An incredibly busy week slowed me down a bit, but I did manage to read some great titles this week:
Harry Potter and the Cursed Child, by John Tiffany (based on the work on JK Rowling)
As the original Harry Potter books were released, I couldn’t wait to get my hands on each one. But I’ve intentionally waited awhile on this title, most likely because of the many mixed reviews I’ve heard. Unlike the original books, this one (for those who don’t know) is in play format and not written my Rowling herself. While it wasn’t a bad read, it definitely didn’t come close to the original books.
Recommended for: Harry Potter fans, 8th grade and up
Why: Potter fans will appreciate an opportunity to read about grown up Harry, even if the book itself is not as good as the original series
Flying Lessons and Other Stories, by Ellen Oh (editor)
An incredible anthology of short stories centered around issues of diversity, Flying Lessons was an outstanding read. Featuring stories by Kwame Alexander, Jacqueline Woodson, Walter Dean Myers, Matt de la Pena, and others, these stories went beyond just topics of diversity to reach anyone who has ever struggled to find their place in the world.
Recommended for: 7th grade and up
Why: These short stories contain some complex and more mature themes
Written in the Stars, by Aisha Saeed
It’s been a long time since there has been a book I absolutely couldn’t put down, but this one grabbed me over the weekend and wouldn’t let go. When recent high school graduate Naila’s secret relationship with her boyfriend Saif is discovered by her overprotective parents, they take her away from her home in Florida for a summer back in their native country of Pakistan. However, Naila has no idea the horrific fate that is waiting for her there as her parents assume complete control over her life and her future.
Recommended for: Mature high school readers
Why: (SPOILER ALERT) This book revolves around a forced marriage with some violent scenes
Middle Grade Novels
Fenway and Hattie, by Victoria Cox
After hearing nothing but amazing reviews of this book, I finally ordered a copy. Told from the perspective of Fenway (the family dog) as he endures a move to a new home, this book focuses on the changing relationship between Fenway and his human girl, Hattie.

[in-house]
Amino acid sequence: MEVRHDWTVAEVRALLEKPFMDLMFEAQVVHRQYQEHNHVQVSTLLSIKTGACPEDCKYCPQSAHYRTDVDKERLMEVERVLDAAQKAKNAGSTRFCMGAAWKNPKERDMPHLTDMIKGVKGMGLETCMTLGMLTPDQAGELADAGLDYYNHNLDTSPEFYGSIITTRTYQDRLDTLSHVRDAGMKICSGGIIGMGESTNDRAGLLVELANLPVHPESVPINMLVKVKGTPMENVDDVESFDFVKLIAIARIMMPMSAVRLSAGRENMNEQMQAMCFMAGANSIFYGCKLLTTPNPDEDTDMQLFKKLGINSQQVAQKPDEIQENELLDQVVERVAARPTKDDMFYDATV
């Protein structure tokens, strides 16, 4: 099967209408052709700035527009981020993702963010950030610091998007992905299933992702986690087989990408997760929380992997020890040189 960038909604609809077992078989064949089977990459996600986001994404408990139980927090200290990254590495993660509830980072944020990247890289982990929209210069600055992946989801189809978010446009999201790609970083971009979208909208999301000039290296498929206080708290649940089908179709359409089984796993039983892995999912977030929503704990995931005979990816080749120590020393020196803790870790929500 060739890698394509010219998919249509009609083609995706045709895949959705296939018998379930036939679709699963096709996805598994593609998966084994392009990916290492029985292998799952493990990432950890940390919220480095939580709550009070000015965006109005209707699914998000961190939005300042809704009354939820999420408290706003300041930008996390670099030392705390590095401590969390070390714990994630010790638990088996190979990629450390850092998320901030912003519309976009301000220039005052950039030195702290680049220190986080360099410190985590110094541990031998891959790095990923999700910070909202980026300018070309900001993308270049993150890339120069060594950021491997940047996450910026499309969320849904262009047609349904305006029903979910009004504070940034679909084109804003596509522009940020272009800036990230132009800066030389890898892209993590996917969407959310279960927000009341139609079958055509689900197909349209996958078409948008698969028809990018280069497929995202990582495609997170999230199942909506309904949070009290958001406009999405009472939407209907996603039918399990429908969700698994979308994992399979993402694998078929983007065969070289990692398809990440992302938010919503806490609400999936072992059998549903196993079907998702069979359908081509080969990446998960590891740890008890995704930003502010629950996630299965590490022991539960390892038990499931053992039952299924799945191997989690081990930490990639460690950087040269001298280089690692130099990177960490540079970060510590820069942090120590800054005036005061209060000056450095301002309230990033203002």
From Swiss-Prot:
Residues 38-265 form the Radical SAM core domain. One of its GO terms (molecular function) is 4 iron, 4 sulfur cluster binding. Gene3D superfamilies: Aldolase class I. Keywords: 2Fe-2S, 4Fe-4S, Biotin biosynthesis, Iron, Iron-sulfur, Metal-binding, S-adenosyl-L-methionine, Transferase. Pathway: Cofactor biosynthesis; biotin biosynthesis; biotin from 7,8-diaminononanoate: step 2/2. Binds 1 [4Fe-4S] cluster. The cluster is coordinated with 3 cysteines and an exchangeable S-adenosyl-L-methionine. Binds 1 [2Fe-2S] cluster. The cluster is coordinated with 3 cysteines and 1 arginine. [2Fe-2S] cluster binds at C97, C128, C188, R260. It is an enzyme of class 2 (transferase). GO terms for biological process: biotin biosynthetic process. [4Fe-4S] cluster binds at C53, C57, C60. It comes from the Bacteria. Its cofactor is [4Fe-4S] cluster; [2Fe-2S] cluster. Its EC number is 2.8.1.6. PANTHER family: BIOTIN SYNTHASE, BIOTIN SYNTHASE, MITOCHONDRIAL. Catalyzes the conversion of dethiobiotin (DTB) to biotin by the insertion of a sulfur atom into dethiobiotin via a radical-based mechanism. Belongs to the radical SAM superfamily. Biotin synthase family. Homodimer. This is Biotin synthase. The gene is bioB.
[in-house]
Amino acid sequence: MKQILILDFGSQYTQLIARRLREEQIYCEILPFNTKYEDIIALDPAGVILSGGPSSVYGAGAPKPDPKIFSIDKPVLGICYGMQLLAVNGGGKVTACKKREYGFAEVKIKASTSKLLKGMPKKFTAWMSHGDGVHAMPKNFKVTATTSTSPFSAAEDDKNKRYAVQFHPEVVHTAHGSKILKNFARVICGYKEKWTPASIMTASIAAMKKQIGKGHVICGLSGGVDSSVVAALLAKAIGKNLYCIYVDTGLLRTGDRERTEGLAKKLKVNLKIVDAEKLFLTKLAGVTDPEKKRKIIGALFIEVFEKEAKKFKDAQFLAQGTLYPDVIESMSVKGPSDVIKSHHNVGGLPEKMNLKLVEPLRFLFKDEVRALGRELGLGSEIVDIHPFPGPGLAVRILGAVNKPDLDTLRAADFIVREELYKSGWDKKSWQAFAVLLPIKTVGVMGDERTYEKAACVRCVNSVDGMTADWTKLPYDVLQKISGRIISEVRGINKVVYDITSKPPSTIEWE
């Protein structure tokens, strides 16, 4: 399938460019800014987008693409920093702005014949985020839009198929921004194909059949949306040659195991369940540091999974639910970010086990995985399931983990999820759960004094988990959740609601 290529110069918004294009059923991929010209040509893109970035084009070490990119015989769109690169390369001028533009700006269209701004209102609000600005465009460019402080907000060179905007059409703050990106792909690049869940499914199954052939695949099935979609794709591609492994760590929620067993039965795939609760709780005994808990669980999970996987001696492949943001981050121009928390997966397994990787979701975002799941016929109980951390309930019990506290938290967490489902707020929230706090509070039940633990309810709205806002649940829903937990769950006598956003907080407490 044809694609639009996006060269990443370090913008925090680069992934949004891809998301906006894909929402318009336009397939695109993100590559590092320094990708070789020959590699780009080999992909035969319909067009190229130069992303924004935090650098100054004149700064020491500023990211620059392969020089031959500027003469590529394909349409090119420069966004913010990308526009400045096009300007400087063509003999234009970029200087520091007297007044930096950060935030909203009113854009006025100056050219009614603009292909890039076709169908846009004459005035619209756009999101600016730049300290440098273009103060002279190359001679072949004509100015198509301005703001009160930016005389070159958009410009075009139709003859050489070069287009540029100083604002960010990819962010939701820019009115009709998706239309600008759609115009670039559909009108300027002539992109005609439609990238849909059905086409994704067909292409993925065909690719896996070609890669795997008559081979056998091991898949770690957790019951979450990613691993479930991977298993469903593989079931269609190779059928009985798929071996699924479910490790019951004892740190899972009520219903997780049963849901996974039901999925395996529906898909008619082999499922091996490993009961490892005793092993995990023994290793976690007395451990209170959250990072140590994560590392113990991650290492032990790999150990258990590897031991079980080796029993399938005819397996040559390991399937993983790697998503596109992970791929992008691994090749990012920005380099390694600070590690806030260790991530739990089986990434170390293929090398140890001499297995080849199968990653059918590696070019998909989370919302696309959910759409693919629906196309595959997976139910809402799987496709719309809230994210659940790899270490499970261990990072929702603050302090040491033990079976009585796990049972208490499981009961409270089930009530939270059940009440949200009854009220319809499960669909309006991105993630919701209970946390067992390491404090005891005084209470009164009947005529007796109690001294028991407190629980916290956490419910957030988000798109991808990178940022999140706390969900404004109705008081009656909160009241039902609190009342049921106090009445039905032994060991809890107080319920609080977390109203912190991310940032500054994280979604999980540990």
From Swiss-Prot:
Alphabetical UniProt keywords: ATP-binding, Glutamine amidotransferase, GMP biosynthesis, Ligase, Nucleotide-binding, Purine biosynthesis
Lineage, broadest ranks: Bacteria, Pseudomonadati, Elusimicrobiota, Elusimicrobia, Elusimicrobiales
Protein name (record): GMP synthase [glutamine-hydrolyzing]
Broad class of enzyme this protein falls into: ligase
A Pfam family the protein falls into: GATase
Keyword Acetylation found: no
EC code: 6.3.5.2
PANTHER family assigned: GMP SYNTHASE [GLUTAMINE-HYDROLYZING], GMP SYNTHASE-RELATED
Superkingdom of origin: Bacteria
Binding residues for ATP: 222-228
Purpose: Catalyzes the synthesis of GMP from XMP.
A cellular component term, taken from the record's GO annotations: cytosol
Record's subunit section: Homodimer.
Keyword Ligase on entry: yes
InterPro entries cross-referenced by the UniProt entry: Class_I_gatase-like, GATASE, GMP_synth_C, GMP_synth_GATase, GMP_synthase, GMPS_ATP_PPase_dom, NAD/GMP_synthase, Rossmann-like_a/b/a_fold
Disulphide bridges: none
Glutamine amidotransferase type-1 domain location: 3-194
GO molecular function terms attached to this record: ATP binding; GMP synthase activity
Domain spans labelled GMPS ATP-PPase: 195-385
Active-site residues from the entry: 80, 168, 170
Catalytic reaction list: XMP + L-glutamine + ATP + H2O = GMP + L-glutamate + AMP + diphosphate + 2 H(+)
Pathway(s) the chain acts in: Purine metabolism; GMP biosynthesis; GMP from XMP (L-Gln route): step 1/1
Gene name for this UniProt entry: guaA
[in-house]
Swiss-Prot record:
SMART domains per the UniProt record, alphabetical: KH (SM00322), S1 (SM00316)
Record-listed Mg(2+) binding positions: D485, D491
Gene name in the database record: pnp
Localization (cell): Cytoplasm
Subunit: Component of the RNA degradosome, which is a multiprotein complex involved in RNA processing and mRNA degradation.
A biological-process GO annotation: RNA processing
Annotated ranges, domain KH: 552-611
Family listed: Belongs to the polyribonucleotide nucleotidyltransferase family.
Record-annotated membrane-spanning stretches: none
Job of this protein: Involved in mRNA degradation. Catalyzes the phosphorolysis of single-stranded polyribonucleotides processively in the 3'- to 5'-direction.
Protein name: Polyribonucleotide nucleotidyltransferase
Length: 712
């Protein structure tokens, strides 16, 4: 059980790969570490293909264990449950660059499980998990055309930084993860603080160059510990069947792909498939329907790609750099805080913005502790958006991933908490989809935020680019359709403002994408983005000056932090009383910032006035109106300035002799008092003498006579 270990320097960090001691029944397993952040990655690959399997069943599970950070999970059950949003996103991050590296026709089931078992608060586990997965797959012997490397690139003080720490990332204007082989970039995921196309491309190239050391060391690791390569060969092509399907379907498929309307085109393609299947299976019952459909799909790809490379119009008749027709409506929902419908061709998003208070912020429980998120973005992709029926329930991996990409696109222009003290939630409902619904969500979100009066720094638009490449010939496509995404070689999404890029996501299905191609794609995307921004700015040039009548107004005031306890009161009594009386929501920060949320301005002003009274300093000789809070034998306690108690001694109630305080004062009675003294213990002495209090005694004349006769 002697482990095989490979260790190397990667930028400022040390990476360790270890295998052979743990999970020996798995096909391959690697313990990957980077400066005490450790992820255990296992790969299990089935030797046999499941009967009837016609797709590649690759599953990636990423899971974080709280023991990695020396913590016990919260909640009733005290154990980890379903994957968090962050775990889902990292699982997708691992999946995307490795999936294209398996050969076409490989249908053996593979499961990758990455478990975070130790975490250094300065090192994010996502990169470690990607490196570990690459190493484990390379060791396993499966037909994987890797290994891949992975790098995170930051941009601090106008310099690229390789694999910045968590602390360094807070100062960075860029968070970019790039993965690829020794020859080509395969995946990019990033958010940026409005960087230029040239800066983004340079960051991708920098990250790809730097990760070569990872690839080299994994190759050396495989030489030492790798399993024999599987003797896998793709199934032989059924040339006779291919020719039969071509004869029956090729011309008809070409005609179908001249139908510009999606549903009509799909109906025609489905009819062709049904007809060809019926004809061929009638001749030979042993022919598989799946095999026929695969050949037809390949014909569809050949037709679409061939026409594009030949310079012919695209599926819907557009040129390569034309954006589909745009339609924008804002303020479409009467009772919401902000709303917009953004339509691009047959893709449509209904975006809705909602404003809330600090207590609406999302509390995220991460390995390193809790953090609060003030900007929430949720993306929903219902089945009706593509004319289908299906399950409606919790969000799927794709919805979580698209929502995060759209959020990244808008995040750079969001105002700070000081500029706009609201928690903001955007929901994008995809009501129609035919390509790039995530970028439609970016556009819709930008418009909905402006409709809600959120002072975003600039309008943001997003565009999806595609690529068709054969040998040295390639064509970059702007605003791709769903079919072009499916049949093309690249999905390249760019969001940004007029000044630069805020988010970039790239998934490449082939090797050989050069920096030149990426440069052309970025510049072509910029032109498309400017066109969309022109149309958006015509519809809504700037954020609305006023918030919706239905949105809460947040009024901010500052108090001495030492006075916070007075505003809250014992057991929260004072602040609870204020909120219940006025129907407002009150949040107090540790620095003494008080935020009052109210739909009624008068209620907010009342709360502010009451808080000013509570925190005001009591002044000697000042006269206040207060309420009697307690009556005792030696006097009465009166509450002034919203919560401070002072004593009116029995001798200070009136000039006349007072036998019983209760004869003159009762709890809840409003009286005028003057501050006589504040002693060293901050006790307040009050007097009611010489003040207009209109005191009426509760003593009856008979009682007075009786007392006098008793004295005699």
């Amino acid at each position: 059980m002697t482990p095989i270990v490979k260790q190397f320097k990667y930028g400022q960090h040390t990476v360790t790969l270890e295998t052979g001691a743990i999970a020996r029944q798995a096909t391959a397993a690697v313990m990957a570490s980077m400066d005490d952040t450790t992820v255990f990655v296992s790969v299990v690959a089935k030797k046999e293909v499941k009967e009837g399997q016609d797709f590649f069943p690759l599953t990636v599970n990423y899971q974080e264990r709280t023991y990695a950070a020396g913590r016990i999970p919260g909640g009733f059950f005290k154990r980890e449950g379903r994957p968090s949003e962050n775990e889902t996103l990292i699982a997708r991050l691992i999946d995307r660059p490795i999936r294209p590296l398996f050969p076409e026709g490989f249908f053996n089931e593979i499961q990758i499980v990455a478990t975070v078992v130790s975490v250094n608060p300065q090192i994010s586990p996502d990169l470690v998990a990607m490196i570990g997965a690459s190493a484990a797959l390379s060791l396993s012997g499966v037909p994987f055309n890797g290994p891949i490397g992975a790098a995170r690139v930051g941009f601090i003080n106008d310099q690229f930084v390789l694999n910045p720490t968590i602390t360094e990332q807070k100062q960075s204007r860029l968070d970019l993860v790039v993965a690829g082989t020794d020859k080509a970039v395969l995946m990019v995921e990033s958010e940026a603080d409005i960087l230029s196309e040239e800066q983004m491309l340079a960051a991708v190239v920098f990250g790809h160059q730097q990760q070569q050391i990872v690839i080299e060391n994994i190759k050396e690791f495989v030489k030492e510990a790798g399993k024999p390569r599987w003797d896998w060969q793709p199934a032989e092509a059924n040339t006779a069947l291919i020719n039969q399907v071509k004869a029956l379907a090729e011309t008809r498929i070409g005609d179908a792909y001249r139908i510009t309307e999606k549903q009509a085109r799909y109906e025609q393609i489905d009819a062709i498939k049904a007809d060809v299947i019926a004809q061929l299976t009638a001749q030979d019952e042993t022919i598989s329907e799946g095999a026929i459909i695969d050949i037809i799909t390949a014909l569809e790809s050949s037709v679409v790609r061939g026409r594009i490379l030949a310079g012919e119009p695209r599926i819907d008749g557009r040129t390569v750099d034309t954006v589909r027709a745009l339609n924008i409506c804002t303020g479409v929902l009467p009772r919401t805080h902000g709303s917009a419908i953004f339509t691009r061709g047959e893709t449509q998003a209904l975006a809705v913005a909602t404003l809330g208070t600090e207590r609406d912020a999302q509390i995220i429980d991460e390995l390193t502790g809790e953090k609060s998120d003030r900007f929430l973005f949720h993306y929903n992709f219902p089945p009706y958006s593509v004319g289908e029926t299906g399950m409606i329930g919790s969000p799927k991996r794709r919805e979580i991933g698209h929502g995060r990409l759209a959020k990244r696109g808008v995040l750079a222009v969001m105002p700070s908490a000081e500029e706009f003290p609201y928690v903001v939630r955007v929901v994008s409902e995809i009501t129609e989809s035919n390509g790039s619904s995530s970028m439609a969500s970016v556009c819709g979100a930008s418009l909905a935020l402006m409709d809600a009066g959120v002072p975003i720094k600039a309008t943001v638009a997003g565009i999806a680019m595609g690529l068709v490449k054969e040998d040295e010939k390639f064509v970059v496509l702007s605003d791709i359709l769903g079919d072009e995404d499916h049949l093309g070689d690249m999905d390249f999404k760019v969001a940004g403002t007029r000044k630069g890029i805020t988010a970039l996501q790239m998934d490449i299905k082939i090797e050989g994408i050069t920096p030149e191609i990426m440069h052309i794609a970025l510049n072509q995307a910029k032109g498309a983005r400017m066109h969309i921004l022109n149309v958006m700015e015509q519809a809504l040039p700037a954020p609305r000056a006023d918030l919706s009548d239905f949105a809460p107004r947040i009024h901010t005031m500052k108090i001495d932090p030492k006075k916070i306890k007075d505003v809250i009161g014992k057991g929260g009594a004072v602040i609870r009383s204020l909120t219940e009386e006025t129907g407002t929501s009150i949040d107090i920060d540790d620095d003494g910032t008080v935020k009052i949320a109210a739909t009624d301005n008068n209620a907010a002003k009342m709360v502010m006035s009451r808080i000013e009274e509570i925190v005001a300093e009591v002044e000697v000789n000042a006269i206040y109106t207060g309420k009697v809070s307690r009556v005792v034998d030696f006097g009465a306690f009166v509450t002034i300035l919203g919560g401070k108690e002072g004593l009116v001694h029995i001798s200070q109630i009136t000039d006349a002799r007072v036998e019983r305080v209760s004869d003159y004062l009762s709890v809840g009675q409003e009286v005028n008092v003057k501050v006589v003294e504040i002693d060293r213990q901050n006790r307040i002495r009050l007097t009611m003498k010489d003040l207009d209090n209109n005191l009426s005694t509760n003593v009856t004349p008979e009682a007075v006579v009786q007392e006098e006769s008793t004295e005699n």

Recommended for: 2nd-4th grades
Why: Great chapter book for exploring perspective and relationships between characters
The Secret Project, by Jonah Winter
An absolutely thought-provoking, amazingly organized nonfiction picture book about the development of the atomic bomb, The Secret Project is a book I can’t wait to incorporate at the right time and place into my classroom. This is a book that will absolutely provoke questions and promote rich discussions, giving readers a wealth of information while also leaving them wanting to know much more.
Recommended for: Upper elementary and middle school
Why: Readers need some background understanding of the atomic bomb for this book to be meaningful
Giraffes Can’t Dance, by Giles Andreae
When Gerald the Giraffe must confront his belief that he can’t dance in front of a group of laughing jungle animals, he is absolutely discouraged. However, as he loses his self-consciousness and begins to have more confidence in himself, he soon discovers that the only thing holding him back from dancing was himself.
Recommended for: Preschool through upper elementary
Why: This book is simple enough for the youngest readers to follow while also teaching a meaningful lesson to older elementary readers
Reading Progress Check-in
- 2017 Total Progress: 81/230 books read
- 22/100 chapter books
- 3 graphic novels
- #MustReadin2017 Progress: 21/30
- My reading goals for the week:
- Read 2 additional novels
- Finish 1 more #MustReadin2017 book
What is #IMWAYR?
Each Monday this year, I hope to join Jen from Teach Mentor Texts and Kellee and Ricki from Unleashing Readers to share all of the reading I’ve done during the week, from picture books to young adult novels.